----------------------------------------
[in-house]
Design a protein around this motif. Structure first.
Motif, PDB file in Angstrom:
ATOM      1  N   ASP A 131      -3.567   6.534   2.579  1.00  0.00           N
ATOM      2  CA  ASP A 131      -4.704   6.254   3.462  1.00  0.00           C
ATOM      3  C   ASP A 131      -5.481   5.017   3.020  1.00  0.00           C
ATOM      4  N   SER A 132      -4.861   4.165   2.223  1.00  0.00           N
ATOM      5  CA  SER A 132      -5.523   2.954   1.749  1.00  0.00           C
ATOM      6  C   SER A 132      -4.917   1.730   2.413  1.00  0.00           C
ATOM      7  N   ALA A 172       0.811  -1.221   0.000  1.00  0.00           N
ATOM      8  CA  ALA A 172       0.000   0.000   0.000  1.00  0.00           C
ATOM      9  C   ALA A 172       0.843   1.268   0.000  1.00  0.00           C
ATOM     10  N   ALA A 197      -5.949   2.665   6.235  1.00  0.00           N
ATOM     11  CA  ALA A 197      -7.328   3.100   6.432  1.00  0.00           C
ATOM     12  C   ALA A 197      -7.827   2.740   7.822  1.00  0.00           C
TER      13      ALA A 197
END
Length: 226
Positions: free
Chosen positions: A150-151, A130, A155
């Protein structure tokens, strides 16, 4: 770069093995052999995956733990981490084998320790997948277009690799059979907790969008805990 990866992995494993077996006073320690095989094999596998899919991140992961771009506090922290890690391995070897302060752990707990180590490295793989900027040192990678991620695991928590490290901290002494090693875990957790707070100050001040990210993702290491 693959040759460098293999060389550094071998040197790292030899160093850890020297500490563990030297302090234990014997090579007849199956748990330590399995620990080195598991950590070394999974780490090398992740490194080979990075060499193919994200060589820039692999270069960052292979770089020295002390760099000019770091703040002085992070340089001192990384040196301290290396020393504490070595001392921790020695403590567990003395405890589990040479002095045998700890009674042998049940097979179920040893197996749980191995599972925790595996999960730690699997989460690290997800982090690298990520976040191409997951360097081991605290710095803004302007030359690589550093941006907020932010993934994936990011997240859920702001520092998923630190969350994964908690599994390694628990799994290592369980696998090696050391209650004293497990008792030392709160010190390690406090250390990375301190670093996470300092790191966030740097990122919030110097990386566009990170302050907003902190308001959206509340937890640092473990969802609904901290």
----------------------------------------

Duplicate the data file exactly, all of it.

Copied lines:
[in-house]
Design a protein around this motif. Structure first.
Motif, PDB file in Angstrom:
ATOM      1  N   ASP A 131      -3.567   6.534   2.579  1.00  0.00           N
ATOM      2  CA  ASP A 131      -4.704   6.254   3.462  1.00  0.00           C
ATOM      3  C   ASP A 131      -5.481   5.017   3.020  1.00  0.00           C
ATOM      4  N   SER A 132      -4.861   4.165   2.223  1.00  0.00           N
ATOM      5  CA  SER A 132      -5.523   2.954   1.749  1.00  0.00           C
ATOM      6  C   SER A 132      -4.917   1.730   2.413  1.00  0.00           C
ATOM      7  N   ALA A 172       0.811  -1.221   0.000  1.00  0.00           N
ATOM      8  CA  ALA A 172       0.000   0.000   0.000  1.00  0.00           C
ATOM      9  C   ALA A 172       0.843   1.268   0.000  1.00  0.00           C
ATOM     10  N   ALA A 197      -5.949   2.665   6.235  1.00  0.00           N
ATOM     11  CA  ALA A 197      -7.328   3.100   6.432  1.00  0.00           C
ATOM     12  C   ALA A 197      -7.827   2.740   7.822  1.00  0.00           C
TER      13      ALA A 197
END
Length: 226
Positions: free
Chosen positions: A150-151, A130, A155
């Protein structure tokens, strides 16, 4: 770069093995052999995956733990981490084998320790997948277009690799059979907790969008805990 990866992995494993077996006073320690095989094999596998899919991140992961771009506090922290890690391995070897302060752990707990180590490295793989900027040192990678991620695991928590490290901290002494090693875990957790707070100050001040990210993702290491 693959040759460098293999060389550094071998040197790292030899160093850890020297500490563990030297302090234990014997090579007849199956748990330590399995620990080195598991950590070394999974780490090398992740490194080979990075060499193919994200060589820039692999270069960052292979770089020295002390760099000019770091703040002085992070340089001192990384040196301290290396020393504490070595001392921790020695403590567990003395405890589990040479002095045998700890009674042998049940097979179920040893197996749980191995599972925790595996999960730690699997989460690290997800982090690298990520976040191409997951360097081991605290710095803004302007030359690589550093941006907020932010993934994936990011997240859920702001520092998923630190969350994964908690599994390694628990799994290592369980696998090696050391209650004293497990008792030392709160010190390690406090250390990375301190670093996470300092790191966030740097990122919030110097990386566009990170302050907003902190308001959206509340937890640092473990969802609904901290």